Are you finding it difficult to commit to one colour? Know you’re not alone. This is another reason why you should give painting your cabinet interiors a try; it allows you more freedom and creativity when it comes to the design of your kitchen. “I find it so hard to choose one colour, so I love using two colours on cupboards – on the outside and one inside,” says Annie Sloan, colour expert and founder of the eponymous paint company.

Shaker kitchen design with freestanding larder that had double doors with mounted spice racks and blue painted interiors.
Liberty kitchen, a bespoke design by Mowlem & Co. Kitchens start from £40,000.

There are so many colour palettes to choose from – powdery pastels, complementing rich shades, or if you’re more daring, hues that even fight for your attention (in the best way). “There are a few classic colour combinations which will never stop delighting me. A neutral and a bright in an opposite colour family, for example, a cool grey and a bright, joyful hot pink, or a beautiful warm shade with indigo, or my favourite bright jungle green with charcoal grey – those colour combinations are the best,” recommends Annie.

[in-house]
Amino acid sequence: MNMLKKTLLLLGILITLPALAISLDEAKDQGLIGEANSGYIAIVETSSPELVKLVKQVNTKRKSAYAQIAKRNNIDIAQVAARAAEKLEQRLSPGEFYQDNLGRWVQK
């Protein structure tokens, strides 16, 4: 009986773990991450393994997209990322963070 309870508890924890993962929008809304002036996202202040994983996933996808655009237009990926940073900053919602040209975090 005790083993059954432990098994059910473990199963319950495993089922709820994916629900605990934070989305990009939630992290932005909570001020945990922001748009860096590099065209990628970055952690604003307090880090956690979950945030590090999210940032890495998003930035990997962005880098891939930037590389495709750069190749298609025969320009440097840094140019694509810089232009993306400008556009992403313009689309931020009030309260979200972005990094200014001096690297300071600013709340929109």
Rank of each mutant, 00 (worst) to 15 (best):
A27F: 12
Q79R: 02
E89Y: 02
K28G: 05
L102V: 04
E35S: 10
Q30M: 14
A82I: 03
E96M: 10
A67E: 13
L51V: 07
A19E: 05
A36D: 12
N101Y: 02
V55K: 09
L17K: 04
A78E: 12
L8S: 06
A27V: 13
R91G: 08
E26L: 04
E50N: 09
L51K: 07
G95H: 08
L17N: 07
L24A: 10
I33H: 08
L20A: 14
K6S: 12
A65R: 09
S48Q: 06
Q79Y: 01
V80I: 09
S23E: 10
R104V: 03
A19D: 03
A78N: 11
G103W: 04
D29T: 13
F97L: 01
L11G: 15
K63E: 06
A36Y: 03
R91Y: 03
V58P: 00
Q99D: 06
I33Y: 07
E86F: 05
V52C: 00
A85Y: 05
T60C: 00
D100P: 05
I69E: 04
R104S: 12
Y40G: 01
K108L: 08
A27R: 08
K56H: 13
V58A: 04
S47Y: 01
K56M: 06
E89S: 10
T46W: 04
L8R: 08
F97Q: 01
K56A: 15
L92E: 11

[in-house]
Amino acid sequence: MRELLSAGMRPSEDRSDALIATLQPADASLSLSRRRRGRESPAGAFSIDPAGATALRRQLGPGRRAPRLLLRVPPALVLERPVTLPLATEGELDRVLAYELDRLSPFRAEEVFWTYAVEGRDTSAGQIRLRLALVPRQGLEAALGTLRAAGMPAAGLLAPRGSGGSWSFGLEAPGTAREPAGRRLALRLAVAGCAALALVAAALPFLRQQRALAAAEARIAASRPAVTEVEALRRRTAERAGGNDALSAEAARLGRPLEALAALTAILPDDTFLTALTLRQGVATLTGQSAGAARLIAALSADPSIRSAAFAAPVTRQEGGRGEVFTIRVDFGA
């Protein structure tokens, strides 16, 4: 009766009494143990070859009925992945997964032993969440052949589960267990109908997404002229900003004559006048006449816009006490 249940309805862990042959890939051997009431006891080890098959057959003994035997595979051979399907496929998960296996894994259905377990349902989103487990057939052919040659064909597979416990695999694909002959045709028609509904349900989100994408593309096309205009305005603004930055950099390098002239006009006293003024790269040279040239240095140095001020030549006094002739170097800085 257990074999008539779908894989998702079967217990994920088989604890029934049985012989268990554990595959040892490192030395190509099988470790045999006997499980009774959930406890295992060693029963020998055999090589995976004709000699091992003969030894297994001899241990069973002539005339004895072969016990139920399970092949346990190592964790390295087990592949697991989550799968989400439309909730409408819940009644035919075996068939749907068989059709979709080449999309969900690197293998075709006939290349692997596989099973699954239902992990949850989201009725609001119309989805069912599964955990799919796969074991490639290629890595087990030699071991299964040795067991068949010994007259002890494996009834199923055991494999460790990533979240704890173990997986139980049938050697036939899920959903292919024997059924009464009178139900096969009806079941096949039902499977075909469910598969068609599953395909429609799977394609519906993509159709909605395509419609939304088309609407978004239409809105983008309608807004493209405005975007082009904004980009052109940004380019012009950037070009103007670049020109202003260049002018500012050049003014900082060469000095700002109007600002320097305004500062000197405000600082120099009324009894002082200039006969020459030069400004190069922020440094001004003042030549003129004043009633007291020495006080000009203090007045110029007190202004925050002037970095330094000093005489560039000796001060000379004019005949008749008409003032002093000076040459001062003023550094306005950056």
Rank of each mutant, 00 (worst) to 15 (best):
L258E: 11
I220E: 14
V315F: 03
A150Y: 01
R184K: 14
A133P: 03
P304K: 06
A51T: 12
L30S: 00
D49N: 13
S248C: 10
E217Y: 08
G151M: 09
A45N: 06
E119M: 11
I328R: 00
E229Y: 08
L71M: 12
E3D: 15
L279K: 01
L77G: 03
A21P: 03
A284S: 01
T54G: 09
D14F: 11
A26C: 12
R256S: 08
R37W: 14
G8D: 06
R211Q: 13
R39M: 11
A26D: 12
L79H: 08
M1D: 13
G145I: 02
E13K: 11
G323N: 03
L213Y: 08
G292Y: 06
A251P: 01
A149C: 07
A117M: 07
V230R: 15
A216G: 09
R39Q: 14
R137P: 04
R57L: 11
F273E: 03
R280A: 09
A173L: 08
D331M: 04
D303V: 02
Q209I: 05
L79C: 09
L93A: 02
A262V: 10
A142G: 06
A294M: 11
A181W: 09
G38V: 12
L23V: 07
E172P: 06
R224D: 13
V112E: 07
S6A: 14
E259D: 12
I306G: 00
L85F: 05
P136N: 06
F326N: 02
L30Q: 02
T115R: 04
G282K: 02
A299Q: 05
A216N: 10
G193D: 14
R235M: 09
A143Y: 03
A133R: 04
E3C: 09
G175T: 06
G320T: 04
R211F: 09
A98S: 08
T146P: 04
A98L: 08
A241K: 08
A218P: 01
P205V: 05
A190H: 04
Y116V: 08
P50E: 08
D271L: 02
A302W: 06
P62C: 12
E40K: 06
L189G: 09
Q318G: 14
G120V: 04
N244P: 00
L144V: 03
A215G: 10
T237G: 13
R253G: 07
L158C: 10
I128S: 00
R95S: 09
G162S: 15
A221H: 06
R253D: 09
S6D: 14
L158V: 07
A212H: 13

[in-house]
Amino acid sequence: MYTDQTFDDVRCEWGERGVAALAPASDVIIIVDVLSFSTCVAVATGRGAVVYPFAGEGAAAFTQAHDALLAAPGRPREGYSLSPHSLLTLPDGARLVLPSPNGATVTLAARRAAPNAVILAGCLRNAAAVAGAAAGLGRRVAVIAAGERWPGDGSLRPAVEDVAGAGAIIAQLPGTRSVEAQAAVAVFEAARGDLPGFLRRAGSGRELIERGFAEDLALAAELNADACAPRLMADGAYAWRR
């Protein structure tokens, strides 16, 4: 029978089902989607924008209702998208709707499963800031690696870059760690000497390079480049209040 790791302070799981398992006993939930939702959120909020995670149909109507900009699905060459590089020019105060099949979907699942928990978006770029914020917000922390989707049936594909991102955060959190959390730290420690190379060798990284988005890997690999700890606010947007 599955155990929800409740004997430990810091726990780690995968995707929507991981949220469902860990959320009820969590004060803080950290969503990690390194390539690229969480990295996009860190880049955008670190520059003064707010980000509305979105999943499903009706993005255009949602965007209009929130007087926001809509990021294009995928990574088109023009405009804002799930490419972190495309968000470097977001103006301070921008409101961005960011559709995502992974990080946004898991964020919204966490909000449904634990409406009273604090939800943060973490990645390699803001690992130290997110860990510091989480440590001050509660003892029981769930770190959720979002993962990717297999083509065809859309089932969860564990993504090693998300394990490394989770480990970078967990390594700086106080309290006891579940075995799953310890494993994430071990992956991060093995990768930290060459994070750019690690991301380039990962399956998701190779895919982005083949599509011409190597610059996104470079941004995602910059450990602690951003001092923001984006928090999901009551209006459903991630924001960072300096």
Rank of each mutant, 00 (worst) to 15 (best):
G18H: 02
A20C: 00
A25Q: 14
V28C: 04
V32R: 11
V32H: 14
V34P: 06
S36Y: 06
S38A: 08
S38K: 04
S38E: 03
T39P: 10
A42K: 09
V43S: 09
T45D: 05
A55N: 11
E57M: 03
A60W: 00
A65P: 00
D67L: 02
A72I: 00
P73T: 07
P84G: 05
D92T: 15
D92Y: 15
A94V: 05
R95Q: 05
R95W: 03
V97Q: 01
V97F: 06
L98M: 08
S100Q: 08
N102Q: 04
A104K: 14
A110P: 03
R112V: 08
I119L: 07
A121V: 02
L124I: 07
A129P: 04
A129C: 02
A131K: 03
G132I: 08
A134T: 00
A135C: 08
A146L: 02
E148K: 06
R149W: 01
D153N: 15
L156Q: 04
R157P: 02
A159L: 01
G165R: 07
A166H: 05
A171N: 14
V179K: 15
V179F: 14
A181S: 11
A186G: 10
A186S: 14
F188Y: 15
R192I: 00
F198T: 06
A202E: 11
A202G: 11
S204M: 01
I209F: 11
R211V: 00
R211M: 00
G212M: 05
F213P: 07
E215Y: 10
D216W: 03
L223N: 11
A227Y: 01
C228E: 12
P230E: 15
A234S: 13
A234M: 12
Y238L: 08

Choosing your shades might seem like an impossible mission at first, but taking your time to compare swatches, both in natural and artificial light, exploring different finishes and visualising them in your own space, can help you narrow down your choices.

Now, I’m ready to roll up my sleeves, pick up the paintbrush and splash a bright pop of colour inside my kitchen cabinets. How about you?

Modern kitchen breakfast cupboard with wood backboard, lime green drawers and dark green doors.
Kitchen design by HØLTE. Photography: Beth Davis.